This is one of my favorite topics to challenge parents on. Now before you go and leave a bunch of comments about the importance of education and such, I ask that you open your mind for one minute. I agree that good grades are important. I would also challenge you and say that pulling your child out of activities that support positive and life changing improvement is not a punishment, but a failure to see the long game. Martial arts and the lifetime benefits of a role model is much more valuable to the success of your child in life than any bad grade your child will ever get. Here's why and see if you don't agree. Believe or not by the time your child is a teenager you are no longer the primary influence in their lives (it's their friends, media and their social life). I agree that you have to turn in your assignments, behave in class and participate in classroom discussions, those are a given. Grades on the other hand are individual and some students just can't grasp the concept taught at that time. Some students excel, some students get by and others are left behind. When it all shakes out in the wash, some people go to college and some work for others and a few start their own business. Which one is right and which one is wrong has nothing do with you as a parent anymore. Instead we are only their for guidance and support. Hopefully you kept your child surrounded by and involved in activities that prepare your child for life. Positive role models in your child's life will outlast your child's days in high school. The challenges your child will face in life will take a different skill set than they were taught in a classroom. A positive role model is a priceless advantage you can give to someone. Times will get tough and when they need to remember a life lesson to support them on how to get through it. Parents you will be glad that they had someone positive to look up to when this time comes. So the next time your child's report card looks a little dire remember that it may not be the best idea to remove them from a positive environment as a form of punishment.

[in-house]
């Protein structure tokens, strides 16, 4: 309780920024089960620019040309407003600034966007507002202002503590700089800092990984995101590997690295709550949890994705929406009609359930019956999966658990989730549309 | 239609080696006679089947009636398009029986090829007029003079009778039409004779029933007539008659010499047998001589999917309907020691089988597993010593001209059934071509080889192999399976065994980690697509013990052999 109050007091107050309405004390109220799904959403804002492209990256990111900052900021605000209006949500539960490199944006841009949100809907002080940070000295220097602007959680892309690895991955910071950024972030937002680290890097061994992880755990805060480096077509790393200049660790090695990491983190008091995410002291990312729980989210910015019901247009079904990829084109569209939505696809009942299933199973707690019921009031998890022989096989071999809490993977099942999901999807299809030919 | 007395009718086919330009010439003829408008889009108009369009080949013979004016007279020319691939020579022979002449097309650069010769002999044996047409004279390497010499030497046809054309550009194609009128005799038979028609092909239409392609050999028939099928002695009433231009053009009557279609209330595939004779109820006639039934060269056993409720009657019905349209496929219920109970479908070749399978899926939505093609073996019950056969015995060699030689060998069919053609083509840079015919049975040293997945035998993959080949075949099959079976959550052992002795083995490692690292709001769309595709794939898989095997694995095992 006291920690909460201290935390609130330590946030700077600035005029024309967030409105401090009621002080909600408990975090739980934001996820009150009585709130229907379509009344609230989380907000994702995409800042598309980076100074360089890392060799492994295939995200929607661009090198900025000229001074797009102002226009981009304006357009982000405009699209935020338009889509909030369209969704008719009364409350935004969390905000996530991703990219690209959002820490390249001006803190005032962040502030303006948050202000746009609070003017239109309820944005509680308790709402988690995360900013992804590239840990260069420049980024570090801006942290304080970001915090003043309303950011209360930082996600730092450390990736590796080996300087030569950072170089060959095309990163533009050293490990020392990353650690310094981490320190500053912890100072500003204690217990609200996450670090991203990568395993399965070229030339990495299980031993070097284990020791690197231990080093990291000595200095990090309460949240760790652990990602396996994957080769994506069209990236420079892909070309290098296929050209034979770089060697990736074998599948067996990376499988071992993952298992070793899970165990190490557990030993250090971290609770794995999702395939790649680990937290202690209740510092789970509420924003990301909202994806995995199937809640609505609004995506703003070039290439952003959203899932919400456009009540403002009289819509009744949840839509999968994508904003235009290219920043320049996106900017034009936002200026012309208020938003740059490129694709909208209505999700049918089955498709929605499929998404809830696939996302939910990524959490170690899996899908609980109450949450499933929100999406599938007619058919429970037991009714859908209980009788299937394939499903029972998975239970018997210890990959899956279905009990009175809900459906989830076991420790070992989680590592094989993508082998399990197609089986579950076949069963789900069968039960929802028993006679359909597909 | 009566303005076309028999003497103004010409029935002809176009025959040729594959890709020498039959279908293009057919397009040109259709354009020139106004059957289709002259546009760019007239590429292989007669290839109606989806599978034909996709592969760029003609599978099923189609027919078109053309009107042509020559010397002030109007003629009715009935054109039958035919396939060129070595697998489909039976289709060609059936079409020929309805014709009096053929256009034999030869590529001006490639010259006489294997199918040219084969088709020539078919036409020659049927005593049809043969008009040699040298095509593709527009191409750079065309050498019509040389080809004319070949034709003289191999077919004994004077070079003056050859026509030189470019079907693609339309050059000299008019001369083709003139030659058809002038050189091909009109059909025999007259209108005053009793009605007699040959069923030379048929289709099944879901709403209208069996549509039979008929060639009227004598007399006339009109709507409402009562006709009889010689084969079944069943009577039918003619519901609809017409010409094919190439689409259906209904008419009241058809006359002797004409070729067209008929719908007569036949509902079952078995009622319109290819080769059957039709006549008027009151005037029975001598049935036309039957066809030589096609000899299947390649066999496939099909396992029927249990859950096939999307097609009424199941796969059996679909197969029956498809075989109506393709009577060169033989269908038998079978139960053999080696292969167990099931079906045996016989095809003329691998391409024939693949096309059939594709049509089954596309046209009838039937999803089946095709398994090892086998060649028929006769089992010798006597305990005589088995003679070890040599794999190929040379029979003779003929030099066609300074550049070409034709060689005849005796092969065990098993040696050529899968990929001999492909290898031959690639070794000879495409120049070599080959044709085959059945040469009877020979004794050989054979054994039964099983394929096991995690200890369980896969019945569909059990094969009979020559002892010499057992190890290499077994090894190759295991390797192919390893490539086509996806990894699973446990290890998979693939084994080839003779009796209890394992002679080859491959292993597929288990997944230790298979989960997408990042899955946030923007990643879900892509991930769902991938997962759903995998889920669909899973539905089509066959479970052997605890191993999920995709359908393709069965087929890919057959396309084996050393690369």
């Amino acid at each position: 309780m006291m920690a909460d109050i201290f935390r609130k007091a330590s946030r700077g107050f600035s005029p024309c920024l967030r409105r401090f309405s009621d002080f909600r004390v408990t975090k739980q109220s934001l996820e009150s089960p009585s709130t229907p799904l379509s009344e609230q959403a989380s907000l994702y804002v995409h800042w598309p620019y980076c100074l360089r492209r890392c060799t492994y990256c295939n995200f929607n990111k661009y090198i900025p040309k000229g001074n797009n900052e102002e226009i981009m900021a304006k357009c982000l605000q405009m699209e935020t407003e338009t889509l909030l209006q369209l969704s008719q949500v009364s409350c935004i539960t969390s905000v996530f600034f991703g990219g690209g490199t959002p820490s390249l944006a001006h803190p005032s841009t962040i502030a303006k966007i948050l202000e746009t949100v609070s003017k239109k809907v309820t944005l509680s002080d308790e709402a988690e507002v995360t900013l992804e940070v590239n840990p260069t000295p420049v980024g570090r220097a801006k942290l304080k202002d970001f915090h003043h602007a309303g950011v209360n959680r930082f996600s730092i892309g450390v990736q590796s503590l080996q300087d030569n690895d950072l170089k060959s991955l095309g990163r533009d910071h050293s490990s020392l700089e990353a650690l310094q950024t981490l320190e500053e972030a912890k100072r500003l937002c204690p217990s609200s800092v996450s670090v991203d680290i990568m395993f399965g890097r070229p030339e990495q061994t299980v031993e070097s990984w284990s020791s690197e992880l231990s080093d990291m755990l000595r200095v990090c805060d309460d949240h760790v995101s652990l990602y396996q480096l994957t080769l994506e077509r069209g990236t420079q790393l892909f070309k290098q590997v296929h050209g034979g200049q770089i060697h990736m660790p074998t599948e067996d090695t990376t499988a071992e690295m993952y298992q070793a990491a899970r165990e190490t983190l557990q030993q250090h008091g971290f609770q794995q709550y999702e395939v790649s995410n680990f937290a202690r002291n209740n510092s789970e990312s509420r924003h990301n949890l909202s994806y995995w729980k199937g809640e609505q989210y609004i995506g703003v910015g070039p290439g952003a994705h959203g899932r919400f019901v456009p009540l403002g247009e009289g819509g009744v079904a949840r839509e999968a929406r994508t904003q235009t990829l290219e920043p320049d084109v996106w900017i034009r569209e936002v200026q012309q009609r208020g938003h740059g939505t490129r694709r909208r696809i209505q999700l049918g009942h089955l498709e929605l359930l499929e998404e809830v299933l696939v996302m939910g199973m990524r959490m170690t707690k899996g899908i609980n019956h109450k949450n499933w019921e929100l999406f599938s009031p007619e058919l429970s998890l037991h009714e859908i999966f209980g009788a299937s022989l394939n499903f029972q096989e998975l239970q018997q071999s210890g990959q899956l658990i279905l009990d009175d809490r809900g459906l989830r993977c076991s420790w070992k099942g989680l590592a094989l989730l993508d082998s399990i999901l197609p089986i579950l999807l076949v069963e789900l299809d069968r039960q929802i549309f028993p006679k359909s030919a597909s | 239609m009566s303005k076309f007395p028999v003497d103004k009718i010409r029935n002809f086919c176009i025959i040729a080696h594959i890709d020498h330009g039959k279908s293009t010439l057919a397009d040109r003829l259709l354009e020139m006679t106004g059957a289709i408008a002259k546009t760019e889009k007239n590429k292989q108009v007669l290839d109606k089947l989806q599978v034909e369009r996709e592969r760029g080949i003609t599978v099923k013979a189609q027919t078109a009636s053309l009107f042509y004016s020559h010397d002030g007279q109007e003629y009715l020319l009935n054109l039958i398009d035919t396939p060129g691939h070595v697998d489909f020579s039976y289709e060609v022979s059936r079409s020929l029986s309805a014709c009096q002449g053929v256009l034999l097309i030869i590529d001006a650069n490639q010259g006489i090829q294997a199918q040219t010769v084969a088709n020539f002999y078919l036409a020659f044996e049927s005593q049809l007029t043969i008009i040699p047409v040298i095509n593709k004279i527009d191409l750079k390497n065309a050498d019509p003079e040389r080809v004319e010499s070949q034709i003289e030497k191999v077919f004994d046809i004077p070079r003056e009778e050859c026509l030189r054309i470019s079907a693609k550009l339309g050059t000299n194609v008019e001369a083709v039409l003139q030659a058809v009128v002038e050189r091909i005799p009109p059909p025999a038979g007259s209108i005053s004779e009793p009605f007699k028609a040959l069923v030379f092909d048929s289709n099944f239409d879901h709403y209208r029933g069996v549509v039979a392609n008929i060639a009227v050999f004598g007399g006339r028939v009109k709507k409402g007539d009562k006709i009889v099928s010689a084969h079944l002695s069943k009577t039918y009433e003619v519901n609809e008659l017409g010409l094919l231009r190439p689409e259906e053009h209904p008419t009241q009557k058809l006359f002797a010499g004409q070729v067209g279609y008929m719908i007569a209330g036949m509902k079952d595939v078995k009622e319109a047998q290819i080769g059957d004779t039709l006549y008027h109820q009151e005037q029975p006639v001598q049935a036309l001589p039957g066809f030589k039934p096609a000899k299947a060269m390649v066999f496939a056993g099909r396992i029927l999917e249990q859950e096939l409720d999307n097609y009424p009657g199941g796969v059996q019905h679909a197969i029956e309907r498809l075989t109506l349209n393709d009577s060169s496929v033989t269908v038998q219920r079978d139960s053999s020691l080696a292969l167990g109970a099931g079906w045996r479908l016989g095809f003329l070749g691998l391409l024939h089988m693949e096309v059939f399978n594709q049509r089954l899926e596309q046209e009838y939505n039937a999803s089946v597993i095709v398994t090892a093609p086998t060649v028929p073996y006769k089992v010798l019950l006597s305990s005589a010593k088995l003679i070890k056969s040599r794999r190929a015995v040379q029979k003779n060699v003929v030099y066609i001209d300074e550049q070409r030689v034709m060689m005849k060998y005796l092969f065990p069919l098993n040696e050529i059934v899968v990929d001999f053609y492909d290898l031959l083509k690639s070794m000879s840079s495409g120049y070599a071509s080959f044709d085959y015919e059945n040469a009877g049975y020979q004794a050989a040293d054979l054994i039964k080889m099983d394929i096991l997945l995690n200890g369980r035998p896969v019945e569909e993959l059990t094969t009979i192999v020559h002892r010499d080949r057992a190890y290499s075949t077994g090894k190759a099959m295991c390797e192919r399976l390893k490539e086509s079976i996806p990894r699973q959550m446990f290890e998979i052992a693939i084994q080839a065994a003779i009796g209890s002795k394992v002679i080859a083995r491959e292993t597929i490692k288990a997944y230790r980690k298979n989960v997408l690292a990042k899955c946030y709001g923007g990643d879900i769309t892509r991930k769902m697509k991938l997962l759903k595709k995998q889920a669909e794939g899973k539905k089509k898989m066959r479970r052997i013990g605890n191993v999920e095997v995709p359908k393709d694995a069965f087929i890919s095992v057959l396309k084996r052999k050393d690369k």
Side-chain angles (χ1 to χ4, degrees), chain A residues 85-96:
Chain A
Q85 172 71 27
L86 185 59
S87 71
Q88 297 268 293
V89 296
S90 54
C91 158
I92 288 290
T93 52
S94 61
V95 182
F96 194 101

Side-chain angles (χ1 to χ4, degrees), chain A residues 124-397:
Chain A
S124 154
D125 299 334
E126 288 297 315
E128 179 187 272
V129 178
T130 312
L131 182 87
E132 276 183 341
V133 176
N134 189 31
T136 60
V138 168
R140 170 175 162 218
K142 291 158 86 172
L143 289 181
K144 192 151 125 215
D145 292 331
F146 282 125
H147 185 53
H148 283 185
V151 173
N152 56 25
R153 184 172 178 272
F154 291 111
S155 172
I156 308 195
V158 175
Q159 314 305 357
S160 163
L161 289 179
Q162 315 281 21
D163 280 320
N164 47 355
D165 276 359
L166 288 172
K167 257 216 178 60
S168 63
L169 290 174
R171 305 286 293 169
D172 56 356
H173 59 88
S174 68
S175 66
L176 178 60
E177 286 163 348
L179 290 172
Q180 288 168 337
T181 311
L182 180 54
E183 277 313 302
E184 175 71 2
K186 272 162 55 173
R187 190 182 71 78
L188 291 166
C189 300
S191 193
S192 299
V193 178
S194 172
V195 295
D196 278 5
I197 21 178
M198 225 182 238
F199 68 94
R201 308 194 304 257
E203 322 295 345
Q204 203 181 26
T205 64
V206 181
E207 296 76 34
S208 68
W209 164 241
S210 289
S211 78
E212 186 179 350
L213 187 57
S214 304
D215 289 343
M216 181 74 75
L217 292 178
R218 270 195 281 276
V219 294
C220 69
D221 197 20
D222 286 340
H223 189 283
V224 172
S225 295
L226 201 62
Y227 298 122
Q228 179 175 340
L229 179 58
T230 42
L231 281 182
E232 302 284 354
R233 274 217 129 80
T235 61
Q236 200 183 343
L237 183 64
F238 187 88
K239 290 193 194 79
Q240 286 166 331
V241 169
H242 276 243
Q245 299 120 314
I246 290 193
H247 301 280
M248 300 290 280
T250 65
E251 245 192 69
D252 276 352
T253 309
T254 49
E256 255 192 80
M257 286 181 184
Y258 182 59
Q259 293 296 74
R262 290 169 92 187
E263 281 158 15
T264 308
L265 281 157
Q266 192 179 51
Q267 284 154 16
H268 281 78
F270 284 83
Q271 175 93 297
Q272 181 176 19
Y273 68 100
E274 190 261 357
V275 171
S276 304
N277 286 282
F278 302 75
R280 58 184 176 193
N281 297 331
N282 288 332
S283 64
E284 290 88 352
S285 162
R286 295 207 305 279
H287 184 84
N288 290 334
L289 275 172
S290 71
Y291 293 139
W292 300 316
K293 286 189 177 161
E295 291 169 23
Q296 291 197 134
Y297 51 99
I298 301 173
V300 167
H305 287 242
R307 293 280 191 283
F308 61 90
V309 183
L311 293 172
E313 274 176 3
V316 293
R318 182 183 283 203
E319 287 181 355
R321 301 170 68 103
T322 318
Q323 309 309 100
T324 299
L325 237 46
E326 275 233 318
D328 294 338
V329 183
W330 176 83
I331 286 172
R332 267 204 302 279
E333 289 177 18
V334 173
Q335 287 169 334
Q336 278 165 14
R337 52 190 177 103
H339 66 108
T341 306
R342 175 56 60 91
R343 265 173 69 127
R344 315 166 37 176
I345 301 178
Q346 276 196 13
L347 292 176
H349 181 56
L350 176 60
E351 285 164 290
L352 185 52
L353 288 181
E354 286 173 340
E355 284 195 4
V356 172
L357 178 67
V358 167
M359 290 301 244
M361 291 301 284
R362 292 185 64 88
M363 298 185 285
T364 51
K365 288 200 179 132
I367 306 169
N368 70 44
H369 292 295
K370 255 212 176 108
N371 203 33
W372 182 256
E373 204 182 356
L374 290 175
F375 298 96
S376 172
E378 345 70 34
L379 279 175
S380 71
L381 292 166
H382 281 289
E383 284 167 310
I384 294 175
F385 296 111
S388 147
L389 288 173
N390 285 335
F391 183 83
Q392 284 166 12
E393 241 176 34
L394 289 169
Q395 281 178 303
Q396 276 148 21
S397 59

I Want To Quit!